The Living Museum features exhibits detailing the neighborhood’s history dating back to the 1700s, when it served as a colony for escaped slaves. Throughout six rooms of exhibits the museum highlights the Lower Ninth Ward’s role during desegregation in the South, the legacy of key historical figures, the community’s long history of social justice and activism, and much more. It takes us through the devastation of Hurricane Katrina, ending with a room dedicated to “Rebirth and Remembrance” where visitors and residents are encouraged to share their mementos and memories honoring the Lower Ninth Ward community.
Through collaboration with local residents and organizations, the museum proudly showcases oral histories, as well as archival research, donated photographs and historical artifacts to be presented in the exhibits.
The Red Room: The red room showcases the early history of the Lower Ninth Ward, dating back to when it was a colony for escaped slaves. It also points out how the neighborhood is mostly missing from tourist maps of New Orleans, detailing a long history of being exploited, neglected and forgotten. The Red Room explores some of the rich cultural traditions of the Lower Ninth Ward, including the history of Mardi Gras Indians, and the many tribes that hail from this neighborhood.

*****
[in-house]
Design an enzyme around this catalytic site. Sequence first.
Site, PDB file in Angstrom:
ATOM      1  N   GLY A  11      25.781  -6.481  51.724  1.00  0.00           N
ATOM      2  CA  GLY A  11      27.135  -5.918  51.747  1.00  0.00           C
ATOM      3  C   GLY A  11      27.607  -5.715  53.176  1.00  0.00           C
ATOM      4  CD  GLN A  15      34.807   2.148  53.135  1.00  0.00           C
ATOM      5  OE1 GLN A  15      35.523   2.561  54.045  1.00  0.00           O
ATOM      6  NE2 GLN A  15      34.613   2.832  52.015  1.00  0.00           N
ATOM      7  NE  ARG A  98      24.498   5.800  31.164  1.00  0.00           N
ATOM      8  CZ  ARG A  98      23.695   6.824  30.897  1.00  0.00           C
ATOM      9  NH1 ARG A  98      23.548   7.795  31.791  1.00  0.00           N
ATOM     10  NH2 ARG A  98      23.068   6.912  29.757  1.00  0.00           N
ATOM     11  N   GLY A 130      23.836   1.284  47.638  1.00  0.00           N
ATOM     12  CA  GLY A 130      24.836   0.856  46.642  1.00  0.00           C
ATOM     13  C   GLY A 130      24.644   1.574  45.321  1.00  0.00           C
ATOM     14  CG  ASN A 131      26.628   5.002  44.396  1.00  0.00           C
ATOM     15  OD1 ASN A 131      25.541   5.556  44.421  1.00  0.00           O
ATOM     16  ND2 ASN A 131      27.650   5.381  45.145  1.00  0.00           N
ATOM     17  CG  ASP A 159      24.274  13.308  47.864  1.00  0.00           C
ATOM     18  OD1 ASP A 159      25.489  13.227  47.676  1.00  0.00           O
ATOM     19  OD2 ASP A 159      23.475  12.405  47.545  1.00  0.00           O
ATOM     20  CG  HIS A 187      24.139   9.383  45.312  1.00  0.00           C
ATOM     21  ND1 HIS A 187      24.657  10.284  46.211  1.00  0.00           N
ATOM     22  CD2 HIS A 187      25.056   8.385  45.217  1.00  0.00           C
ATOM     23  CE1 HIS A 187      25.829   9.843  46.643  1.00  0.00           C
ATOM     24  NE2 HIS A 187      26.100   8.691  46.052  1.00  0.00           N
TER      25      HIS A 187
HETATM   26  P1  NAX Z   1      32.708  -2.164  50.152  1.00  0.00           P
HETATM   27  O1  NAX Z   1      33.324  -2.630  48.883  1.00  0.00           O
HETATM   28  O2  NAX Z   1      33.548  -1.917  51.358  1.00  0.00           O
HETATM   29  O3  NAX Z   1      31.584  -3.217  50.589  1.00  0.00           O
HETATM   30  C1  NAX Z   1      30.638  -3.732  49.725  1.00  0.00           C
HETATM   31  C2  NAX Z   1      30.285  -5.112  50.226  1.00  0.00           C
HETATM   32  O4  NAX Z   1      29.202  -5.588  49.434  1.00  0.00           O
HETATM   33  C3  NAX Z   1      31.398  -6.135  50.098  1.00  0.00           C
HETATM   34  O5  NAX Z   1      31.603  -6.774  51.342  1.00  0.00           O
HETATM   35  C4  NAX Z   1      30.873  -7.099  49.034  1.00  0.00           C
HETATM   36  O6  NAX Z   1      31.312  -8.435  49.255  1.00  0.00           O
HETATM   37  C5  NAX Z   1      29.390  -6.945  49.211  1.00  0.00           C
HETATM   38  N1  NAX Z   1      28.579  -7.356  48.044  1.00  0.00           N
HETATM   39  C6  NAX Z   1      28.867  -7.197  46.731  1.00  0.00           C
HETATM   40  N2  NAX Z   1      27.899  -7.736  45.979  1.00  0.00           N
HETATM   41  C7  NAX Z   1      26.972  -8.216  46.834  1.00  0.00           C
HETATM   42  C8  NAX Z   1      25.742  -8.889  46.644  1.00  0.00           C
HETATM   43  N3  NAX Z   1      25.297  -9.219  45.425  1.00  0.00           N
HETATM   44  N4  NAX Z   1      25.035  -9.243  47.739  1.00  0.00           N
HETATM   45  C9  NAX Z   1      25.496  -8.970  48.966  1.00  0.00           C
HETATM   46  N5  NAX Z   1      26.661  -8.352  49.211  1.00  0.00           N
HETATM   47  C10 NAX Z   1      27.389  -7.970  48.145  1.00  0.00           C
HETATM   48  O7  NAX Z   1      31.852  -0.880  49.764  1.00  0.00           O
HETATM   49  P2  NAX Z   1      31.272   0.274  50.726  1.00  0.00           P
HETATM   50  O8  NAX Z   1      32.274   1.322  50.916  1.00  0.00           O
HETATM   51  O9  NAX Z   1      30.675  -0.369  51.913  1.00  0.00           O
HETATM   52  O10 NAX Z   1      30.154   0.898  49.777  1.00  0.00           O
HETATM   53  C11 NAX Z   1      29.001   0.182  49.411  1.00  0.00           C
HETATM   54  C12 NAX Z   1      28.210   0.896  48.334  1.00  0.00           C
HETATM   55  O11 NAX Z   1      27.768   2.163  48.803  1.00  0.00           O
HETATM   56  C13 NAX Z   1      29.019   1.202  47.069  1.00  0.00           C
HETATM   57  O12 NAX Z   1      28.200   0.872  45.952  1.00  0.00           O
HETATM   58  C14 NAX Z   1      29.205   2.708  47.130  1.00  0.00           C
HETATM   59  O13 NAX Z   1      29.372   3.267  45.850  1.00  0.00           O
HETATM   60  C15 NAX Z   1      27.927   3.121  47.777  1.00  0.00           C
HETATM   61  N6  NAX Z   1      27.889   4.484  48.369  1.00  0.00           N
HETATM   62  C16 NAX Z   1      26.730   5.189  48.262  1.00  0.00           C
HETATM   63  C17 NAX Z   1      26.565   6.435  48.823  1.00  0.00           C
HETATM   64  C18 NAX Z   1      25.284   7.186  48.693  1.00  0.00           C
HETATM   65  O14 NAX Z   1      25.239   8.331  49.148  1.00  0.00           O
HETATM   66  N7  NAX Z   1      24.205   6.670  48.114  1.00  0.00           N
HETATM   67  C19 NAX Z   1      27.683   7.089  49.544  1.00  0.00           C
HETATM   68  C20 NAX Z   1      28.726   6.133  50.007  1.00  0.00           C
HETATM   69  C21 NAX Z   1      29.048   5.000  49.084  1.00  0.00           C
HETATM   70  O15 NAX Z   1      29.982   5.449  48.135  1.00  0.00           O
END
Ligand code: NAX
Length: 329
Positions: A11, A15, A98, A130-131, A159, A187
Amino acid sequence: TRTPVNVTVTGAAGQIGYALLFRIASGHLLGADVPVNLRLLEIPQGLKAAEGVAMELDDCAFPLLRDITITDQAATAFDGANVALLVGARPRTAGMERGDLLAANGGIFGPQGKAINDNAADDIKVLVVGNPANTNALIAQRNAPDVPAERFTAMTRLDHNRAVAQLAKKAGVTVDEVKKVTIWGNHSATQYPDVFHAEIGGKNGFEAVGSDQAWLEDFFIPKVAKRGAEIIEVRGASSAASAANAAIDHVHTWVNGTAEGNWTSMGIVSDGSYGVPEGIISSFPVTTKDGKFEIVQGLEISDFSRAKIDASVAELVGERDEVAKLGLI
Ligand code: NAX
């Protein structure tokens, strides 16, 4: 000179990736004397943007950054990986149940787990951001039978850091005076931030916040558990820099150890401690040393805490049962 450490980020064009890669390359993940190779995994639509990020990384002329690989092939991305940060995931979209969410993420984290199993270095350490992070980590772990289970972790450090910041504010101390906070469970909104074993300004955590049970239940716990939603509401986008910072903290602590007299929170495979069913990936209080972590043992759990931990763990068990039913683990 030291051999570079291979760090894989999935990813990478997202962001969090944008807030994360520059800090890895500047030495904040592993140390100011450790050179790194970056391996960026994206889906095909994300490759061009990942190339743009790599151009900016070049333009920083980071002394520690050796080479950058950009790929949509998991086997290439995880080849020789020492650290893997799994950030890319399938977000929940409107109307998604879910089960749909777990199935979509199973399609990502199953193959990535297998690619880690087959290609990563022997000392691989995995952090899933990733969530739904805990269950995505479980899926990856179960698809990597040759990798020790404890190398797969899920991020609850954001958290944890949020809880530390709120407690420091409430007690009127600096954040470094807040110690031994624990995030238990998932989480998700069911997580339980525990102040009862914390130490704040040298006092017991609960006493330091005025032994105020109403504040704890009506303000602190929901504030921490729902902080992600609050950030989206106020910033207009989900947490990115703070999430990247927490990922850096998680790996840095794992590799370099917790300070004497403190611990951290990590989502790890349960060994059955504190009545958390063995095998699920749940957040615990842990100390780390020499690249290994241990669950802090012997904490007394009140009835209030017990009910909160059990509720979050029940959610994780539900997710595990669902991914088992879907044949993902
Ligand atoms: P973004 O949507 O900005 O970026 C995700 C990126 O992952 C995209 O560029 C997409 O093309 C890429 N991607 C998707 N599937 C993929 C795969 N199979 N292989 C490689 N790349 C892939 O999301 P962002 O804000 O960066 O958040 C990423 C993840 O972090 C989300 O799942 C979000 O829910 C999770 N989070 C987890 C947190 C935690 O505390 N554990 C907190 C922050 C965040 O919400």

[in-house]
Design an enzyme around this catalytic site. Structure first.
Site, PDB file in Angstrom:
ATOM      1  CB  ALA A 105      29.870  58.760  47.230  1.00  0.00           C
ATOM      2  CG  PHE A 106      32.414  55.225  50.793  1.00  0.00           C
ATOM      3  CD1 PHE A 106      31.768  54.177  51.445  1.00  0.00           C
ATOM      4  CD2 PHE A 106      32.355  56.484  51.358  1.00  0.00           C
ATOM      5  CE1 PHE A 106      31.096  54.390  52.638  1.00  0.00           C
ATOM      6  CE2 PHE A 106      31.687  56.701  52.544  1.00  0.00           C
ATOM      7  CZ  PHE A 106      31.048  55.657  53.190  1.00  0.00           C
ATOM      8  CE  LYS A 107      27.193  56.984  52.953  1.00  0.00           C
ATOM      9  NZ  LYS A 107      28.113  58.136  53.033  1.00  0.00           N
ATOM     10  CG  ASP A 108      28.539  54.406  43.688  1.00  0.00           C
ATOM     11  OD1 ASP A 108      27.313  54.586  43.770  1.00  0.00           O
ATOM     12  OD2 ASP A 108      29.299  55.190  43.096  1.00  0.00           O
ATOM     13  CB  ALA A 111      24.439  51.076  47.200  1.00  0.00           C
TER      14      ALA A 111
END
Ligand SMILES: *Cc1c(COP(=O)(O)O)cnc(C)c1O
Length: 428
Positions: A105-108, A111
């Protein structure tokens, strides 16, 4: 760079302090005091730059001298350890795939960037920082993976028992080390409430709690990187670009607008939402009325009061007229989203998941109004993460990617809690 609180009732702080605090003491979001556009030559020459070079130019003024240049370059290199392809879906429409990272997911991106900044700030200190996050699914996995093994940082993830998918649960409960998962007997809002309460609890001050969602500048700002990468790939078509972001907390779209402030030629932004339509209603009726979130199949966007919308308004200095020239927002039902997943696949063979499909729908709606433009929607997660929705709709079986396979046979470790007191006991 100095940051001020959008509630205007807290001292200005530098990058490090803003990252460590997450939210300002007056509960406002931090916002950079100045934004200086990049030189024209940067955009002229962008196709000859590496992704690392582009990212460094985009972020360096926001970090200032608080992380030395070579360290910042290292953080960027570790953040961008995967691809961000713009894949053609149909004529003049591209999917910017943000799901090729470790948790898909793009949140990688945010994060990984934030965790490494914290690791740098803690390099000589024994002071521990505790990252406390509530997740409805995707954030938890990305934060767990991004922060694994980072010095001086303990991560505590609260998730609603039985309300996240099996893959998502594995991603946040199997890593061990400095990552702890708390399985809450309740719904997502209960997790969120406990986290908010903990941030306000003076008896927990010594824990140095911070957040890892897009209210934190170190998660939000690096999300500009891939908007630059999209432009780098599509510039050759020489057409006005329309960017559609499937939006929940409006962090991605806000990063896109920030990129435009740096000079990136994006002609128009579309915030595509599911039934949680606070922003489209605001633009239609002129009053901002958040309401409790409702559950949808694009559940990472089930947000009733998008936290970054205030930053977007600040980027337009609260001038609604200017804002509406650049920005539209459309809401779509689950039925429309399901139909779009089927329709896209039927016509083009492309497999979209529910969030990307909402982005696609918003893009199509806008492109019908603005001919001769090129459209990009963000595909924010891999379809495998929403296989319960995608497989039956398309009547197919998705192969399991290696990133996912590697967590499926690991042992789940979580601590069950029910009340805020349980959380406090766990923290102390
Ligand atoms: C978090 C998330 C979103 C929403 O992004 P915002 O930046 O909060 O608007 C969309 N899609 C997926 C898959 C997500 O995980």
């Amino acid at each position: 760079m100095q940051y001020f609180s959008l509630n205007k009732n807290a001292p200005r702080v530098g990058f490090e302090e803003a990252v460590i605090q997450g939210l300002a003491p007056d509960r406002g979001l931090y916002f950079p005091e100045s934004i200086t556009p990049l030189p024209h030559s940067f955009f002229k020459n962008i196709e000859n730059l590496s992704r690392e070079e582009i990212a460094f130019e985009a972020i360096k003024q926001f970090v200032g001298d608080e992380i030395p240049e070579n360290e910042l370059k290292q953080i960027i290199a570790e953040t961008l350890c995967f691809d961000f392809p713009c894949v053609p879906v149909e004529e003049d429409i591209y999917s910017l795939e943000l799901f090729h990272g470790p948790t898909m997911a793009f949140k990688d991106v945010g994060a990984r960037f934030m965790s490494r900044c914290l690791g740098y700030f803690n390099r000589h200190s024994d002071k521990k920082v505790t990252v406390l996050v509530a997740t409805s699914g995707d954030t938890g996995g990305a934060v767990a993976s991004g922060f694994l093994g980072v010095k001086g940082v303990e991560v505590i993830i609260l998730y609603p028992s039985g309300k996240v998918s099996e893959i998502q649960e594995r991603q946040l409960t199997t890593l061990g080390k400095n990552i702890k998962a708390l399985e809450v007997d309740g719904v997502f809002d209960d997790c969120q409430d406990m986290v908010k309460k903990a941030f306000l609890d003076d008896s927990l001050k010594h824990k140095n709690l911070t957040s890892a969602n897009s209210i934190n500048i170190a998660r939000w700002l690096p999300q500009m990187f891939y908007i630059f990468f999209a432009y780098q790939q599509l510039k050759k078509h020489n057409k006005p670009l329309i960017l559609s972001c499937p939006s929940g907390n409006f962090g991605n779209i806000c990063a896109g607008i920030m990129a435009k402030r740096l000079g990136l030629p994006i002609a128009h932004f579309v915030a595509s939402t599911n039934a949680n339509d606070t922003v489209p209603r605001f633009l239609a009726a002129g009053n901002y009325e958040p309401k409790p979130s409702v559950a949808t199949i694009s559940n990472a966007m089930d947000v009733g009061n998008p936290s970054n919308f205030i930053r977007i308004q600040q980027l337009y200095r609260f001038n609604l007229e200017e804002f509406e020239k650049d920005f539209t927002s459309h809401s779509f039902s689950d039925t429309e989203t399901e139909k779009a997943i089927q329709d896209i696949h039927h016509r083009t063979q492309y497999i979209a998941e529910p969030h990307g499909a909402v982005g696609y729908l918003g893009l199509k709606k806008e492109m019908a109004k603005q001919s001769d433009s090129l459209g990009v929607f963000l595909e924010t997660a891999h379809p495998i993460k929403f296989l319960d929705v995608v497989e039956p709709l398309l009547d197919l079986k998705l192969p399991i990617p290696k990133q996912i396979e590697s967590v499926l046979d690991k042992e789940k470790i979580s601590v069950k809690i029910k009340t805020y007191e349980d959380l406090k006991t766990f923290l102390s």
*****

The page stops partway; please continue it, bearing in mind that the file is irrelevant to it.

The Yellow Room:The Yellow Room continues into the 19th century, documenting the Lower Ninth Ward during slavery as well as the Civil War. This room details the history of Social Aid and Pleasure Clubs, benevolent societies (insurance pools) that were originally formed after Emancipation in response to bleak job prospects for former slaves. Exhibits include information on interracial cooperation, the construction of the Industrial Canal, the Great Mississippi River Flood of 1927, and spiritual leaders from Lower Ninth Ward history.
The Blue Room:
The Blue Room takes us through the 20th century, beginning with the Lower Ninth Ward as ground zero for desegregation in the South. This room also showcases exhibits on Hurricane Betsy in 1965, as well as presidential visits to the neighborhood and famous people who call the Lower Ninth Ward home.
The Green Room:The Green Room centers on the devastation of Hurricane Katrina in the Lower Ninth Ward. The room details fatal government decisions leading up to the levee failure, the delayed government response, the bungled evacuation and the horrifying aftermath that followed. The exhibits also offer a glimpse into the Lower Ninth Ward since Hurricane Katrina, including the lack of infrastructure and endless barriers that have stood in the way of rebuilding.
The Purple Room:The Purple Room is dedicated to “Rebirth and Remembrance,” a place to honor the strength and resilience of the Lower Ninth Ward. In addition to housing a photo exhibition, this room serves as a space where visitors and residents are encouraged to share their mementos and memories honoring the Lower Ninth Ward community.